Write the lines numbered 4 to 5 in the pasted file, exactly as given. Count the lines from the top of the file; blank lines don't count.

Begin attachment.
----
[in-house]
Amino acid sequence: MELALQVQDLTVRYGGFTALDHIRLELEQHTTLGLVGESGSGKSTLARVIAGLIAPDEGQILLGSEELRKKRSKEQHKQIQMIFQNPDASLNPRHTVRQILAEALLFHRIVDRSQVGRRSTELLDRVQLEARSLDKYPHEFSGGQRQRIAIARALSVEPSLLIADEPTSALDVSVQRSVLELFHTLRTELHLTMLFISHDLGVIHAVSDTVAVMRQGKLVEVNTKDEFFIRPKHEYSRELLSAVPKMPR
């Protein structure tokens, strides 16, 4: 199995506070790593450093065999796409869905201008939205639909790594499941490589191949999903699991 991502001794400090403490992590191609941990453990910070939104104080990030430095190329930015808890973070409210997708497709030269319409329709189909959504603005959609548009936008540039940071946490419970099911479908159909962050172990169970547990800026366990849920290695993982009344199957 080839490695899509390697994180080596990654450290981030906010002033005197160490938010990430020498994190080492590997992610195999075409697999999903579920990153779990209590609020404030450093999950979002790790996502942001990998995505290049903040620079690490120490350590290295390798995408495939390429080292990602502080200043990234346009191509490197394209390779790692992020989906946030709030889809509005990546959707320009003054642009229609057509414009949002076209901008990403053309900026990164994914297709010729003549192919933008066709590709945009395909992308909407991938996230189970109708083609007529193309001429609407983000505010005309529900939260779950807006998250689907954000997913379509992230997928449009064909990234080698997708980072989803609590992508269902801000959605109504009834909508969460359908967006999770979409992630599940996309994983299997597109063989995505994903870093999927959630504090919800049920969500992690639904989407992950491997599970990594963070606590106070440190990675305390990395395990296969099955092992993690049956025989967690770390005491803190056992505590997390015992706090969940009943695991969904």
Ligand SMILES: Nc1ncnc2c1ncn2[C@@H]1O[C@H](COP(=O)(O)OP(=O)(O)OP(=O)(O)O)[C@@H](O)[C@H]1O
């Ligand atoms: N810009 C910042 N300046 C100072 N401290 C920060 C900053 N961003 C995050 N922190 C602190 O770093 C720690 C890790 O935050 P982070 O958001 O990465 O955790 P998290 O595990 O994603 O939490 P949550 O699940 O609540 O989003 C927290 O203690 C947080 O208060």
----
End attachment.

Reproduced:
Ligand SMILES: Nc1ncnc2c1ncn2[C@@H]1O[C@H](COP(=O)(O)OP(=O)(O)OP(=O)(O)O)[C@@H](O)[C@H]1O
């Ligand atoms: N810009 C910042 N300046 C100072 N401290 C920060 C900053 N961003 C995050 N922190 C602190 O770093 C720690 C890790 O935050 P982070 O958001 O990465 O955790 P998290 O595990 O994603 O939490 P949550 O699940 O609540 O989003 C927290 O203690 C947080 O208060």